For big fan, an O's moment

Outing: A vintage team pennant and secret plans unite four generations at Camden Yards.

April 26, 2004|By Jonathan Pitts | Jonathan Pitts,SUN STAFF

The score was 4-4 in the bottom of the eighth inning, and a .300 hitter was stepping to the plate. Forty-one thousand packed the stands. Slanting sunshine warmed Camden Yards on a late afternoon, turning the outfield grass the brightest emerald. In short, it was an ideal Orioles moment Saturday when the wave began.

It started behind home plate, where a section of fans stood up to roar. It swept the stands down the third-base line, undulated through left field, cascaded into right. By the time it reached the right-field bleachers in Section 96, it had swept up Clara Brown's 61-year-old daughter, her 42-year-old granddaughter and her 15-year-old great-grandson, all on their feet, applauding.

But the happiest fan in the ballpark didn't leap. At 78, Clara Brown isn't as nimble as she used to be. Or maybe it was just that after 50 years of Oriole fandom, the great-great-grandmother from Canton--at Camden Yards for the first time -- was overwhelmed. Certainly, she was still stunned by the moment before the game when, sitting in the home dugout as a guest of the Orioles, she saw her favorite player step seemingly out of nowhere, plunk down beside her and greet her by name.

That surprise meeting with veteran Orioles outfielder B.J. Surhoff a few hours before had shocked Clara Brown, all right. It was part of a day full of surprises, all made possible by the chance discovery of a forgotten but valuable symbol of Clara's lifelong love for the team.

Though she didn't stand now, she still had the power to holler.

"Let's go, boys!" she cried, the wave spreading across her face in the form of a grin.

At the plate, Oriole hitter David Segui dug in. The wave moved down the right field line and kept going. The din grew.

"All these years, I thought I'd rather see a game in the comfort of my own home," she said. "But TV can't capture all this. Look at all I've been missing."

A dream game

It's hard to say where, exactly, Clara Brown's wave began.

She remembers the old days, 40 and 50 years back, when Gus Triandos was behind the plate for Baltimore, Don Larsen toed the pitching rubber and Gene Woodling roamed the outfield. Those O's seemed like family men to Clara, and that made them seem real, and worth rooting for. Back then, she'd made it to just one game at old Memorial Stadium, but she remembers meeting the players when they'd come to the old Gwynn Oak amusement park for picture and autograph sessions.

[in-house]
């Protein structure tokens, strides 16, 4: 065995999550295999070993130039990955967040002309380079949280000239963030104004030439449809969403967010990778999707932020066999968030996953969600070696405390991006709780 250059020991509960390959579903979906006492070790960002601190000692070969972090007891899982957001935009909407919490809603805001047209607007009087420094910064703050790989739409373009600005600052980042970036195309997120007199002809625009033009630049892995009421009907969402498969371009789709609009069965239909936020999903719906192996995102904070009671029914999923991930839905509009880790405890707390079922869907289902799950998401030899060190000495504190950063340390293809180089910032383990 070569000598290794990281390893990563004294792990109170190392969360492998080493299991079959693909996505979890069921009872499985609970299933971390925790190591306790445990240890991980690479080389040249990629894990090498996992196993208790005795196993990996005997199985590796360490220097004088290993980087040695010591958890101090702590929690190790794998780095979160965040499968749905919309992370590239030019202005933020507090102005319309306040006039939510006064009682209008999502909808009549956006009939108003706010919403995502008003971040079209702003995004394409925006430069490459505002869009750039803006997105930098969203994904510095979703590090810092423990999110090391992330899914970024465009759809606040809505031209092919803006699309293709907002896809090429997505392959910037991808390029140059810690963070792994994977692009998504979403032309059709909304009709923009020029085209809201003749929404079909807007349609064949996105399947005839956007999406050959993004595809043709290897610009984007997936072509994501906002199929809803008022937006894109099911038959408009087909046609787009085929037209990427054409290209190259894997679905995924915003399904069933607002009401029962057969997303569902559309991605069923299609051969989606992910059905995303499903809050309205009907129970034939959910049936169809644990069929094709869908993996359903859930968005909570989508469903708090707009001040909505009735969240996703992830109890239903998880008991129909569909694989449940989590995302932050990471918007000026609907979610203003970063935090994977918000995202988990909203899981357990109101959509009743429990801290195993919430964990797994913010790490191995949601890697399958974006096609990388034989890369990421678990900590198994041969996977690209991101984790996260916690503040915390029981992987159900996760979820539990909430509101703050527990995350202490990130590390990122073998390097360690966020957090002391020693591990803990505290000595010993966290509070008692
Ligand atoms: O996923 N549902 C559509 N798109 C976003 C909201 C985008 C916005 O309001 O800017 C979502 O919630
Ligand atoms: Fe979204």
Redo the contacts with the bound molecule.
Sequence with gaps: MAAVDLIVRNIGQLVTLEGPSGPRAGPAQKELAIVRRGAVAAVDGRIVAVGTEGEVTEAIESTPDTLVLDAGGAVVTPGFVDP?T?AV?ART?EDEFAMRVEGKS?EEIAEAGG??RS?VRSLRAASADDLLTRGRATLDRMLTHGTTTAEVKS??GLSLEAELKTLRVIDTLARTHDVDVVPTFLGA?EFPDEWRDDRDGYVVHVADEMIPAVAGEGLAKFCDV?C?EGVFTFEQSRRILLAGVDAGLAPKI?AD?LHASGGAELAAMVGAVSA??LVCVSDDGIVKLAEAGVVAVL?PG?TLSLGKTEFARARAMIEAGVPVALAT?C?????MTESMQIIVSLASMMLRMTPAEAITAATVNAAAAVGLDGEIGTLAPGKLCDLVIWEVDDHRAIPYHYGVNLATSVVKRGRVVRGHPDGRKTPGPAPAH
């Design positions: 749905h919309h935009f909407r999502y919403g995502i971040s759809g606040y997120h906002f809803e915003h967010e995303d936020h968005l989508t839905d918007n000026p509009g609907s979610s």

"They loved being with the fans," she said, shielding her green-gray eyes beneath an orange sun hat. "What a wonderful place to take kids."

She had grown up in Dundalk, then a rural area where you got to know your neighbors. She married one. James I. Brown never became a baseball fan, but the construction worker and his wife did give birth to a few. Four, in all, and all sports fans.

Clara Schmidt, now 61, was their first. Schmidt's daughter, Robyn, now 42, was an O's fan almost from birth. The family still has a recording of the elder Clara teaching Robyn, age 2, to sing "Take Me Out to the Ballgame."

"She learned quick," Grandma Clara recalls. "Good pair of lungs."

At Saturday's game, Robyn, now Robyn Cox, gyrated in a black Orioles jersey alongside the two Claras and her own son, Tony Hickman, 15, a sophomore at Dundalk High who's been to dozens of Orioles games. Between bites of his sandwich from Boog's Barbecue, he pounded a fist into his glove and offered a running commentary on the team.

"If [O's slugger Rafael] Palmeiro hits one up here, just stand back," he said. "I've got it."

"You'd better," Robyn replied. "I don't want to break a nail."

Robyn couldn't say who knew the most about baseball in their group, but it seemed to be a close call.

"I'm glad Grandma's not still in the dugout," she said. "She'd be telling [manager Lee] Mazzilli when to take the pitcher out."

She shook her head in wonderment. "Four tickets, four generations. How'd we all get together like this? It's a dream come true."

The '60 pennant

The dream was Robyn's, one that began almost two years back, when the family was moving a recently widowed Grandma Clara out of her Dundalk home and into a Canton seniors complex. Sorting through her belongings, they happened on a boxful of Orioles memorabilia.

Among the artifacts in the box were all the clippings Clara had saved on her all-time favorite Oriole, Cal Ripken Jr. But something else caught Robyn's eye: a vintage O's pennant. In pristine condition, it featured a glossy photo of then-manager Paul Richards' 1960 club.

After putting it aside for a while, Robyn began wondering what do with it. After a little research (which told her it could be valuable) and reflection, she decided to offer it to the team.

"I wanted Grandma to be a part of O's history," she said.

The Orioles, though, decided there was a better home for such a memento: Baltimore's Babe Ruth Birthplace and Museum. Today, after a journey back to Baltimore from Robyn's home in Tennessee, the flag officially becomes part of its collection.

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